I’m going to just say that simulcasting is one of those things that ultimately when the business is to make money selling home videos, it’s really not all that important. For one, you might be spending money on shows that will tank. Some say itÂ cannibalizesÂ home video sales, some say it does not. I don’t think it matters. Unless you play to win in streaming, the only thing you can do is partner up with people who do play to win, or else you get this Funi elite POS. So I’m glad FUNi streams on Youtube and Hulu, because those sites also play to win. But at the same time, it makes me wonder what choices did FUNi have in this matter. It’s like they want to make some money from simulcasting, because it is a thing they are doing and they might as well try to make a dime on it, or at least not lose out too much.
In the end, the simulcast broadcast is just one part of the broader, deeper, more complicated marketing strategy. Especially the pay-to-air model of media-mixed anime, when the original thingÂ exists because there’s a manga or a light novel or because GSC’s logo is pasted on it or some such. Often anime is just a small derivative, even if sometimes, that is all we want. From another perspective, simulcast just one of the little things, like the rights to the seiyuu interview clips on R2 releases–either you have it (or pay to get it) or you don’t, does it matter to your bottom line?
I think that’s the ultimate question. I’m thinking it does in terms of protecting the brand, but what else?
As Â a follow-up to that noitaminA post, I think looking at the side-by-side sales/viewership figure tells you a lot about what anime does well versus what anime does well for the home video publisher. Maybe some smartass down in Texas has a spreadsheet or two that figures this out by some kind of factor, so they can decide what price to license what and how much to spend on marketing. But the idea that some shows are widely viewed but nobody buys is hardly a secret. How to take that into account seems to be the key factor in licensing non-duds. Yes, even simulcast numbers tell you only so much about sales. This is why it is like pulling teeth to get Funi to release anything from noitaminA: nobody buys this crap. And I suspect this is why their year-long partnership endedÂ unceremoniously.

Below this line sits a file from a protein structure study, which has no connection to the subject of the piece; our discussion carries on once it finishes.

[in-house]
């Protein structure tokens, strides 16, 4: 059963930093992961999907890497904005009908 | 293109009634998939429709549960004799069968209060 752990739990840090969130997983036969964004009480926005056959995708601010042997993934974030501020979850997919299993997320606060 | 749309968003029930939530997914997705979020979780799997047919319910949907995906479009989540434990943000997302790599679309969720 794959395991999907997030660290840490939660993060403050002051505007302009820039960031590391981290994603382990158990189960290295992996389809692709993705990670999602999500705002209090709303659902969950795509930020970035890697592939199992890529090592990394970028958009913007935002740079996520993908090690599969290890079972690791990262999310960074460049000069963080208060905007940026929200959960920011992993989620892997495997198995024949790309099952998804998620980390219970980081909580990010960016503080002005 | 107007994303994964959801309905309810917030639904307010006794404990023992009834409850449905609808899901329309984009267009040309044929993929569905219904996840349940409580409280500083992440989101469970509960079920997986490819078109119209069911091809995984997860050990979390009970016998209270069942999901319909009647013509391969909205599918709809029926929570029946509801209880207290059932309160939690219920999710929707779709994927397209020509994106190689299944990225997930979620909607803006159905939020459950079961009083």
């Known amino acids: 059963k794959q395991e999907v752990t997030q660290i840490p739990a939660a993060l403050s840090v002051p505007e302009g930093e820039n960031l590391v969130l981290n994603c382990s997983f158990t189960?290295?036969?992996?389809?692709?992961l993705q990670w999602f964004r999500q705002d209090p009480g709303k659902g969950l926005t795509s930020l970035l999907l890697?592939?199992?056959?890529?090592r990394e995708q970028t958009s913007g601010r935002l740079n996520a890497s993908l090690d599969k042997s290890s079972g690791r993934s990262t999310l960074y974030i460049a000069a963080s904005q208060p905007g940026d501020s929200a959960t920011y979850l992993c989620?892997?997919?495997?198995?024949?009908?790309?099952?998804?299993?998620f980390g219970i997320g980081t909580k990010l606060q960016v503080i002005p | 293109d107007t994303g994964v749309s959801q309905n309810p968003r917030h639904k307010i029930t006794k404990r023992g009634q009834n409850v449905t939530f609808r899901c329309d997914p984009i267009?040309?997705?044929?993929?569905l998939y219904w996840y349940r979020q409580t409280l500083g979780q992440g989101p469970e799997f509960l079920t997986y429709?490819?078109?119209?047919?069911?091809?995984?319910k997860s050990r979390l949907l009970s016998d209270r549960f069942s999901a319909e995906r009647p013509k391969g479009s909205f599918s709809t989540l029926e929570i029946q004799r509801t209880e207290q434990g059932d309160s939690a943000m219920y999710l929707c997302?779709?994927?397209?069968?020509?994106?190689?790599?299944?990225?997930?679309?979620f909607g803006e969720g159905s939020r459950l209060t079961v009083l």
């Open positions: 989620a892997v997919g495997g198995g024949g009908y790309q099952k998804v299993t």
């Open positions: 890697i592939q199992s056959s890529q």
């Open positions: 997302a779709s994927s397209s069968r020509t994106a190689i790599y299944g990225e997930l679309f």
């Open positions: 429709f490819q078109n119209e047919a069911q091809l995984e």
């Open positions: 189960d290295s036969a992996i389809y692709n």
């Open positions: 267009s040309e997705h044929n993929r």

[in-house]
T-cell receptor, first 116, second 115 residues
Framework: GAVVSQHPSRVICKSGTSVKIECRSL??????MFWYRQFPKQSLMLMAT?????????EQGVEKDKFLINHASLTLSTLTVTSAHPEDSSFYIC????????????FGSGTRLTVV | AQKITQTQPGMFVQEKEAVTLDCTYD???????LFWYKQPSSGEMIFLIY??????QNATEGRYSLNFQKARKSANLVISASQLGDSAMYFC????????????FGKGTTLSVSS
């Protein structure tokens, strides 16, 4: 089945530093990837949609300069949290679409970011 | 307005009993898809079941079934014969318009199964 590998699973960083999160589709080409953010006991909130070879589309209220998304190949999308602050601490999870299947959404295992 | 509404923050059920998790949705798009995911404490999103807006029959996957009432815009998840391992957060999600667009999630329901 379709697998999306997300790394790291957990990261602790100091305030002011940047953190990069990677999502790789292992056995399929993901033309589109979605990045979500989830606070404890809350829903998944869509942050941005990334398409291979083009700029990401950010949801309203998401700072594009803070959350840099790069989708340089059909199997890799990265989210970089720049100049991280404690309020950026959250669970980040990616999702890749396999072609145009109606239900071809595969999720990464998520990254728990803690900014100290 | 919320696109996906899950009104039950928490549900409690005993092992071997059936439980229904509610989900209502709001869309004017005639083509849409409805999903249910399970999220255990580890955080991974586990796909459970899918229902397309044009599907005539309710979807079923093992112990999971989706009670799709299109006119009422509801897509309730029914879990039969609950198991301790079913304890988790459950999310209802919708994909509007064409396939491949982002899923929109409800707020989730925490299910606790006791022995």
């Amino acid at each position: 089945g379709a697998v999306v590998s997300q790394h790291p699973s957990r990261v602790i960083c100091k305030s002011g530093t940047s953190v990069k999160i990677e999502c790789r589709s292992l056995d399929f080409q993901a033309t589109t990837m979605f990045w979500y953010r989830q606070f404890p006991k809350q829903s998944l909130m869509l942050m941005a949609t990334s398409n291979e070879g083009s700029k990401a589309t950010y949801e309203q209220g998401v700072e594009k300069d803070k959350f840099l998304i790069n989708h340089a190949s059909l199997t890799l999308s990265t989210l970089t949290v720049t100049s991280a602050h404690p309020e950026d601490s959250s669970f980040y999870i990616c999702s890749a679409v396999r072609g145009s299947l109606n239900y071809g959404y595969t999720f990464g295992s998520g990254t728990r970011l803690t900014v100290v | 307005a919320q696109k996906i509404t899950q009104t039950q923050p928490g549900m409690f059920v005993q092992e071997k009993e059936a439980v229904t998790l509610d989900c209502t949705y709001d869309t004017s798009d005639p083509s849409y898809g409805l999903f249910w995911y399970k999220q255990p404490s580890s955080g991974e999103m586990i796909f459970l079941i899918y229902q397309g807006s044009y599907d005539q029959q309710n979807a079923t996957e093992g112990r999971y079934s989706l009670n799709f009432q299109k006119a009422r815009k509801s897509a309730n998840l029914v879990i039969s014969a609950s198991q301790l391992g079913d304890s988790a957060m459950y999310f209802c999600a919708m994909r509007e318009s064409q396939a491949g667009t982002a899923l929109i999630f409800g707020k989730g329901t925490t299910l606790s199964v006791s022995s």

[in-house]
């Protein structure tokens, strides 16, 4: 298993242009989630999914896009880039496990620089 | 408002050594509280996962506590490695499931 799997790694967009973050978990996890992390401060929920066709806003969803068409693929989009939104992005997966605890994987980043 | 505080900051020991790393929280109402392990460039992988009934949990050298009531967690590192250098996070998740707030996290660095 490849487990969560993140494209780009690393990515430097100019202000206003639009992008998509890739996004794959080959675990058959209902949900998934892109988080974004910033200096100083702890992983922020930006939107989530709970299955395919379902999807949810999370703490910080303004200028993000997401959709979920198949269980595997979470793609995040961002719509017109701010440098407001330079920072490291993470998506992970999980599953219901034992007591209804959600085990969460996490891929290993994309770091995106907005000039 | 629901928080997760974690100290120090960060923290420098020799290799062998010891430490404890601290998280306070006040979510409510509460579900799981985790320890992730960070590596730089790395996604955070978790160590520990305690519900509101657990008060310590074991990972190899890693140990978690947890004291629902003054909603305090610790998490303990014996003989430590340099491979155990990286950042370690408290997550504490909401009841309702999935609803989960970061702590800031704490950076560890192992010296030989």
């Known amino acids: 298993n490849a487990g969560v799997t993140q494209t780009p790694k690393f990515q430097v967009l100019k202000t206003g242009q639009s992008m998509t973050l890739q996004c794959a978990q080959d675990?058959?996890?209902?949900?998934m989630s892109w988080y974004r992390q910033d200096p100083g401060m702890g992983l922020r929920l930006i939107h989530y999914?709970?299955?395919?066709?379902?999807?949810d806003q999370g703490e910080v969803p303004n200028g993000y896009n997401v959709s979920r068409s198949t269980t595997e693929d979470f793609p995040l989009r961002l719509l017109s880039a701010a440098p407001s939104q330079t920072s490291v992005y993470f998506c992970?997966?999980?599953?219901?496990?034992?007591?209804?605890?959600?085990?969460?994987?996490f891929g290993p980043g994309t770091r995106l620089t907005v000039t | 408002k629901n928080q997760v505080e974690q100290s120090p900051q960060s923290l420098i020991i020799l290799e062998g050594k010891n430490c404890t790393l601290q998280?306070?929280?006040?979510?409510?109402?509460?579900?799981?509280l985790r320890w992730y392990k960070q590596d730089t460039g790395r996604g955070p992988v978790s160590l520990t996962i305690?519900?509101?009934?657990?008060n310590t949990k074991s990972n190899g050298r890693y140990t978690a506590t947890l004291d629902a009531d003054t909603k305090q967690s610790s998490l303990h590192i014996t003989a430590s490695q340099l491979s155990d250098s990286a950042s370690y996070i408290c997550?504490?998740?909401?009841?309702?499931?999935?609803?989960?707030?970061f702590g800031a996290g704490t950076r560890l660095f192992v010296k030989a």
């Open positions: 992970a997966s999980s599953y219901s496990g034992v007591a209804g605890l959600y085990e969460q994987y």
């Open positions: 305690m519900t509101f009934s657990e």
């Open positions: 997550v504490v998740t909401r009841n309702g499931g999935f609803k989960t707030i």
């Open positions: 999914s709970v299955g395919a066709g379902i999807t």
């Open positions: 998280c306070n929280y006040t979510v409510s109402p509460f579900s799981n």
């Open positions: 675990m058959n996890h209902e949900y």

Well, as stated in the previous noitaminA post, clearly people do buy Guilty Crown. This is why FUNi is doing a Blu-ray (looking forward to that). But I guess the smartass among you might ask about Mononoke, which I would have to point you to Ayakashi’s sales number and what happened in the US. At the very least, they tried, so I can’t fault them.
The take-home, I think, is that ultimately simulcasts don’t matter, unless you make your bread and butter from pushing stuff through the stream. And it shows.
PS. At least you would think simulcasting reduces fansubber drama. HA HAHAHAHA. Yeah. Sure.
PPS. Can someone explain to us how did Fractale get a release LOL.